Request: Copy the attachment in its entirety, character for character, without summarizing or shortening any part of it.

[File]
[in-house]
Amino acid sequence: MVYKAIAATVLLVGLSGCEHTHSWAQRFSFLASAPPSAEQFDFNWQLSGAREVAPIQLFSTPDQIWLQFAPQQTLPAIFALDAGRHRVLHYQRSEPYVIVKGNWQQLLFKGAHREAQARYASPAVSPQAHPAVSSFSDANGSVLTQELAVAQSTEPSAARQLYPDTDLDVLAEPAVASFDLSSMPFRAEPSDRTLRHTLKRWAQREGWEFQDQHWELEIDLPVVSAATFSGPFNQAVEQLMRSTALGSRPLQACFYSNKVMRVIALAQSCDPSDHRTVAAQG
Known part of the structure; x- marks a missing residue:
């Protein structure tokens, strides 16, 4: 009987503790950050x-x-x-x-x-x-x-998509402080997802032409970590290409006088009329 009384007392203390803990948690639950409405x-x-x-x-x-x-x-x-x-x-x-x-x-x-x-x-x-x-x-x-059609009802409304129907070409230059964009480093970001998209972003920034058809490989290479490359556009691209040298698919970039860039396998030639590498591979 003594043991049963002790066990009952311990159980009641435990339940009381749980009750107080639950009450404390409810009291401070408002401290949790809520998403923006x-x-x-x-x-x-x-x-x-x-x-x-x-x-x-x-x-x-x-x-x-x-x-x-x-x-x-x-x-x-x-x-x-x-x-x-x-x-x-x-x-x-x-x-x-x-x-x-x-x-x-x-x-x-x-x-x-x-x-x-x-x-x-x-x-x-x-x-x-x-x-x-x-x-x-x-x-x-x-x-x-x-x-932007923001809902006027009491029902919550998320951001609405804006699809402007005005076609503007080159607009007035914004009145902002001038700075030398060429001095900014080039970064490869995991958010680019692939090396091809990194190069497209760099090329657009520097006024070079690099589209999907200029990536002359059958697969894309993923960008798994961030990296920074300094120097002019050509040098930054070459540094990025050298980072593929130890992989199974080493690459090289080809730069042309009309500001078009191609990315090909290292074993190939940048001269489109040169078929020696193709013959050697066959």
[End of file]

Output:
[in-house]
Amino acid sequence: MVYKAIAATVLLVGLSGCEHTHSWAQRFSFLASAPPSAEQFDFNWQLSGAREVAPIQLFSTPDQIWLQFAPQQTLPAIFALDAGRHRVLHYQRSEPYVIVKGNWQQLLFKGAHREAQARYASPAVSPQAHPAVSSFSDANGSVLTQELAVAQSTEPSAARQLYPDTDLDVLAEPAVASFDLSSMPFRAEPSDRTLRHTLKRWAQREGWEFQDQHWELEIDLPVVSAATFSGPFNQAVEQLMRSTALGSRPLQACFYSNKVMRVIALAQSCDPSDHRTVAAQG
Known part of the structure; x- marks a missing residue:
């Protein structure tokens, strides 16, 4: 009987503790950050x-x-x-x-x-x-x-998509402080997802032409970590290409006088009329 009384007392203390803990948690639950409405x-x-x-x-x-x-x-x-x-x-x-x-x-x-x-x-x-x-x-x-059609009802409304129907070409230059964009480093970001998209972003920034058809490989290479490359556009691209040298698919970039860039396998030639590498591979 003594043991049963002790066990009952311990159980009641435990339940009381749980009750107080639950009450404390409810009291401070408002401290949790809520998403923006x-x-x-x-x-x-x-x-x-x-x-x-x-x-x-x-x-x-x-x-x-x-x-x-x-x-x-x-x-x-x-x-x-x-x-x-x-x-x-x-x-x-x-x-x-x-x-x-x-x-x-x-x-x-x-x-x-x-x-x-x-x-x-x-x-x-x-x-x-x-x-x-x-x-x-x-x-x-x-x-x-x-x-932007923001809902006027009491029902919550998320951001609405804006699809402007005005076609503007080159607009007035914004009145902002001038700075030398060429001095900014080039970064490869995991958010680019692939090396091809990194190069497209760099090329657009520097006024070079690099589209999907200029990536002359059958697969894309993923960008798994961030990296920074300094120097002019050509040098930054070459540094990025050298980072593929130890992989199974080493690459090289080809730069042309009309500001078009191609990315090909290292074993190939940048001269489109040169078929020696193709013959050697066959």